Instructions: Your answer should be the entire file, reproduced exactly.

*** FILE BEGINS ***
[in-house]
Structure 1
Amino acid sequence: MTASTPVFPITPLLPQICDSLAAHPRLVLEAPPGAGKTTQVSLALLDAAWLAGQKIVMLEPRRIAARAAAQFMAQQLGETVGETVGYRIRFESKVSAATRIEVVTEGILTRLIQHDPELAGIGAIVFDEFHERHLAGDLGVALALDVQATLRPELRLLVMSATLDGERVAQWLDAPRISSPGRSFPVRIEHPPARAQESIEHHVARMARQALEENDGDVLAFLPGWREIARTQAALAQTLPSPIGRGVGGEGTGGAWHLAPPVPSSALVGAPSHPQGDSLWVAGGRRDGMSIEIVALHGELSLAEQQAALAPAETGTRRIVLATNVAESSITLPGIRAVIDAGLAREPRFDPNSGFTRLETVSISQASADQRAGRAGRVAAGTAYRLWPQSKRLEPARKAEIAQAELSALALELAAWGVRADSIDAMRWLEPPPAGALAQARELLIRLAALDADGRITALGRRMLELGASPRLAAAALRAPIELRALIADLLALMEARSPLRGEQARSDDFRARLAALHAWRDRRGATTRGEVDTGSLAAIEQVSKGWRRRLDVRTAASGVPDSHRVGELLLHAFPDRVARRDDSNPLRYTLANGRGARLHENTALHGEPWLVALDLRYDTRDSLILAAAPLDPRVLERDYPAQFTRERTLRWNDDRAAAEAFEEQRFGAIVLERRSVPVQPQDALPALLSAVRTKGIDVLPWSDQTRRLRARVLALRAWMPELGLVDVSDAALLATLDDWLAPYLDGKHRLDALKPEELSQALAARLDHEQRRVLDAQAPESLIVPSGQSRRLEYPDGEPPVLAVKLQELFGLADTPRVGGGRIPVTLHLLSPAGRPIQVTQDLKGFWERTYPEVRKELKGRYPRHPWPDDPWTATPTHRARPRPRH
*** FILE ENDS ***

[in-house]
Structure 1
Amino acid sequence: MTASTPVFPITPLLPQICDSLAAHPRLVLEAPPGAGKTTQVSLALLDAAWLAGQKIVMLEPRRIAARAAAQFMAQQLGETVGETVGYRIRFESKVSAATRIEVVTEGILTRLIQHDPELAGIGAIVFDEFHERHLAGDLGVALALDVQATLRPELRLLVMSATLDGERVAQWLDAPRISSPGRSFPVRIEHPPARAQESIEHHVARMARQALEENDGDVLAFLPGWREIARTQAALAQTLPSPIGRGVGGEGTGGAWHLAPPVPSSALVGAPSHPQGDSLWVAGGRRDGMSIEIVALHGELSLAEQQAALAPAETGTRRIVLATNVAESSITLPGIRAVIDAGLAREPRFDPNSGFTRLETVSISQASADQRAGRAGRVAAGTAYRLWPQSKRLEPARKAEIAQAELSALALELAAWGVRADSIDAMRWLEPPPAGALAQARELLIRLAALDADGRITALGRRMLELGASPRLAAAALRAPIELRALIADLLALMEARSPLRGEQARSDDFRARLAALHAWRDRRGATTRGEVDTGSLAAIEQVSKGWRRRLDVRTAASGVPDSHRVGELLLHAFPDRVARRDDSNPLRYTLANGRGARLHENTALHGEPWLVALDLRYDTRDSLILAAAPLDPRVLERDYPAQFTRERTLRWNDDRAAAEAFEEQRFGAIVLERRSVPVQPQDALPALLSAVRTKGIDVLPWSDQTRRLRARVLALRAWMPELGLVDVSDAALLATLDDWLAPYLDGKHRLDALKPEELSQALAARLDHEQRRVLDAQAPESLIVPSGQSRRLEYPDGEPPVLAVKLQELFGLADTPRVGGGRIPVTLHLLSPAGRPIQVTQDLKGFWERTYPEVRKELKGRYPRHPWPDDPWTATPTHRARPRPRH